RB Rail has signed a contract amounting to 194,250 euros, with an international consortium led by a Ramboll and consisting of Gottlieb Paludan Architects, Soini&Horto Architects, Realidea Ltd., and Ardenis Consult. A report is expected at the end of 2021.
"The study, supported by engagements with relevant key stakeholders, aims to generate a comprehensive set of recommendations on how to develop the seven Rail Baltica international stations – Tallinn Ülemiste, Pärnu, Riga Central, Riga International Airport, Panevėžys, Kaunas and Vilnius – transforming multimodal connectivity and serving as important development engines in their immediate urban environments and beyond," RB Rail said in a release.
"The study will build on international best practice benchmarking of some of the most successful European and global multimodal transport hubs to understand the key factors which drive the creation of socio-economic value across all key dimensions: spatial, functional, commercial, operational and governance – both inside the stations and in their immediate urban environments, as well as the wider mobility-oriented development ecosystem. The study shall also consider and analyse any existing development plans/initiatives, both public and private, in and around the station areas."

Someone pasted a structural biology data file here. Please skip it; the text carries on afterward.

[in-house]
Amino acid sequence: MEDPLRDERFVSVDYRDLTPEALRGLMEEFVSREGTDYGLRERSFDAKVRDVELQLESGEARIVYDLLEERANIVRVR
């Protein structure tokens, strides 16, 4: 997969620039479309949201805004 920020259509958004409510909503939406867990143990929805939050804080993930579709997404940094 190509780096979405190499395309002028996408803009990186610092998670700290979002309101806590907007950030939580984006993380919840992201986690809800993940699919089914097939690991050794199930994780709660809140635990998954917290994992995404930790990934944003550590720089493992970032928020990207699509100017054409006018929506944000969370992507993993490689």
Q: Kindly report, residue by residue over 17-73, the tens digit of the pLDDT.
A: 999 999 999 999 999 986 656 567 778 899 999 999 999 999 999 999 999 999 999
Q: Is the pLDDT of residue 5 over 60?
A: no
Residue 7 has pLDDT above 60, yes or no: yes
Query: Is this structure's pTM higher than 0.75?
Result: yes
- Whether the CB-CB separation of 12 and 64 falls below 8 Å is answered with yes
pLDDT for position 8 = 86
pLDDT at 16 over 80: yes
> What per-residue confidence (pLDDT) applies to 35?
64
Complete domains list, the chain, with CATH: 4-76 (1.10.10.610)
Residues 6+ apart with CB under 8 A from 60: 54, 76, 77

In ordinary language then, how is having a big rail station in town likely to change things?
Rail Baltica Joint venture Head of Strategy and Development Kaspars Briškens said: “Many famous station (re)development projects – from Utrecht to Vienna, from Paris-Austerlitz to Helsinki-Pasila – have demonstrated that modern multimodal mobility needs can be put at the heart of ambitious transformational developments that reshape urban landscapes, improve liveability and unlock new long-term development catalysts, not least around the principles of sustainability and circular economy. Rail Baltica has seven such opportunities. We owe it to the next generations to capitalize on them.”